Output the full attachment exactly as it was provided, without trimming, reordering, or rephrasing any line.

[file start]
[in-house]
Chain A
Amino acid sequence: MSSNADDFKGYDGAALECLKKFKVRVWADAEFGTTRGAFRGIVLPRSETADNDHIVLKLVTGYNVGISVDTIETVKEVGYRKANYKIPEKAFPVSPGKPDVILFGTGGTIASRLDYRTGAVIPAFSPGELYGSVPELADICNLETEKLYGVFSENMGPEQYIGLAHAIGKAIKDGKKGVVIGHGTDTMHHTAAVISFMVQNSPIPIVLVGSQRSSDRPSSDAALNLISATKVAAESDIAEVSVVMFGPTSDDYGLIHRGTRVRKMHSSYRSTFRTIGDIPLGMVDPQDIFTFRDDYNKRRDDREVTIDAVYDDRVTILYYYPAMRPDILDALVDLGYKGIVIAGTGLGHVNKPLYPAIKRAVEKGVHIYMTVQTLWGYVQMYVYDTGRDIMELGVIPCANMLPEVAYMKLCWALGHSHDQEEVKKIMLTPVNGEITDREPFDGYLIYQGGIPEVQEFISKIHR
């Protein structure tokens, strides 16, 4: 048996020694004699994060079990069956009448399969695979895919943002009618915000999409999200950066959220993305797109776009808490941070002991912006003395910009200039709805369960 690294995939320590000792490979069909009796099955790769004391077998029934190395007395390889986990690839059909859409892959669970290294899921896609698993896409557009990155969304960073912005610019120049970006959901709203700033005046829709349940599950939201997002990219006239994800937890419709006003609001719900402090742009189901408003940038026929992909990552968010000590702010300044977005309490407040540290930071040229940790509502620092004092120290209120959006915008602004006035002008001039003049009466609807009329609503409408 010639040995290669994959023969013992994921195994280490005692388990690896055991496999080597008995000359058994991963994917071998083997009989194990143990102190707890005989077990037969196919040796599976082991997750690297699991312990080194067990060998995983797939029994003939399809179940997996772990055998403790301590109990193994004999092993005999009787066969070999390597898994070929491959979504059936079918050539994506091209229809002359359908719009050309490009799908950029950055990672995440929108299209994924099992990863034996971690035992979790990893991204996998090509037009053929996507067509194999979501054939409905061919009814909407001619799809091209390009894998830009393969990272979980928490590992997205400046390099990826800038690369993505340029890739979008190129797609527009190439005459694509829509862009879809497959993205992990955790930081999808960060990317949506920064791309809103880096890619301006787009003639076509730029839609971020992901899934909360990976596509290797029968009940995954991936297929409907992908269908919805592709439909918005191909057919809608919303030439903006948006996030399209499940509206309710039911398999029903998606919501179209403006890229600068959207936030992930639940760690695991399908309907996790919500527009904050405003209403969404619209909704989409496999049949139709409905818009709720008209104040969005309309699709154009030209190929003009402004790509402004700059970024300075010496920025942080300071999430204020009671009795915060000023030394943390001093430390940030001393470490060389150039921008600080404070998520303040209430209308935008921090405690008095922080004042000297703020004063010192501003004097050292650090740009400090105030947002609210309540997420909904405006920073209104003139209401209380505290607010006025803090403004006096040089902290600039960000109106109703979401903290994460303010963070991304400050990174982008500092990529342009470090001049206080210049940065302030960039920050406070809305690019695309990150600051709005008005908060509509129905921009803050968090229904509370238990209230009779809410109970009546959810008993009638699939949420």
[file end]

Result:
[in-house]
Chain A
Amino acid sequence: MSSNADDFKGYDGAALECLKKFKVRVWADAEFGTTRGAFRGIVLPRSETADNDHIVLKLVTGYNVGISVDTIETVKEVGYRKANYKIPEKAFPVSPGKPDVILFGTGGTIASRLDYRTGAVIPAFSPGELYGSVPELADICNLETEKLYGVFSENMGPEQYIGLAHAIGKAIKDGKKGVVIGHGTDTMHHTAAVISFMVQNSPIPIVLVGSQRSSDRPSSDAALNLISATKVAAESDIAEVSVVMFGPTSDDYGLIHRGTRVRKMHSSYRSTFRTIGDIPLGMVDPQDIFTFRDDYNKRRDDREVTIDAVYDDRVTILYYYPAMRPDILDALVDLGYKGIVIAGTGLGHVNKPLYPAIKRAVEKGVHIYMTVQTLWGYVQMYVYDTGRDIMELGVIPCANMLPEVAYMKLCWALGHSHDQEEVKKIMLTPVNGEITDREPFDGYLIYQGGIPEVQEFISKIHR
């Protein structure tokens, strides 16, 4: 048996020694004699994060079990069956009448399969695979895919943002009618915000999409999200950066959220993305797109776009808490941070002991912006003395910009200039709805369960 690294995939320590000792490979069909009796099955790769004391077998029934190395007395390889986990690839059909859409892959669970290294899921896609698993896409557009990155969304960073912005610019120049970006959901709203700033005046829709349940599950939201997002990219006239994800937890419709006003609001719900402090742009189901408003940038026929992909990552968010000590702010300044977005309490407040540290930071040229940790509502620092004092120290209120959006915008602004006035002008001039003049009466609807009329609503409408 010639040995290669994959023969013992994921195994280490005692388990690896055991496999080597008995000359058994991963994917071998083997009989194990143990102190707890005989077990037969196919040796599976082991997750690297699991312990080194067990060998995983797939029994003939399809179940997996772990055998403790301590109990193994004999092993005999009787066969070999390597898994070929491959979504059936079918050539994506091209229809002359359908719009050309490009799908950029950055990672995440929108299209994924099992990863034996971690035992979790990893991204996998090509037009053929996507067509194999979501054939409905061919009814909407001619799809091209390009894998830009393969990272979980928490590992997205400046390099990826800038690369993505340029890739979008190129797609527009190439005459694509829509862009879809497959993205992990955790930081999808960060990317949506920064791309809103880096890619301006787009003639076509730029839609971020992901899934909360990976596509290797029968009940995954991936297929409907992908269908919805592709439909918005191909057919809608919303030439903006948006996030399209499940509206309710039911398999029903998606919501179209403006890229600068959207936030992930639940760690695991399908309907996790919500527009904050405003209403969404619209909704989409496999049949139709409905818009709720008209104040969005309309699709154009030209190929003009402004790509402004700059970024300075010496920025942080300071999430204020009671009795915060000023030394943390001093430390940030001393470490060389150039921008600080404070998520303040209430209308935008921090405690008095922080004042000297703020004063010192501003004097050292650090740009400090105030947002609210309540997420909904405006920073209104003139209401209380505290607010006025803090403004006096040089902290600039960000109106109703979401903290994460303010963070991304400050990174982008500092990529342009470090001049206080210049940065302030960039920050406070809305690019695309990150600051709005008005908060509509129905921009803050968090229904509370238990209230009779809410109970009546959810008993009638699939949420």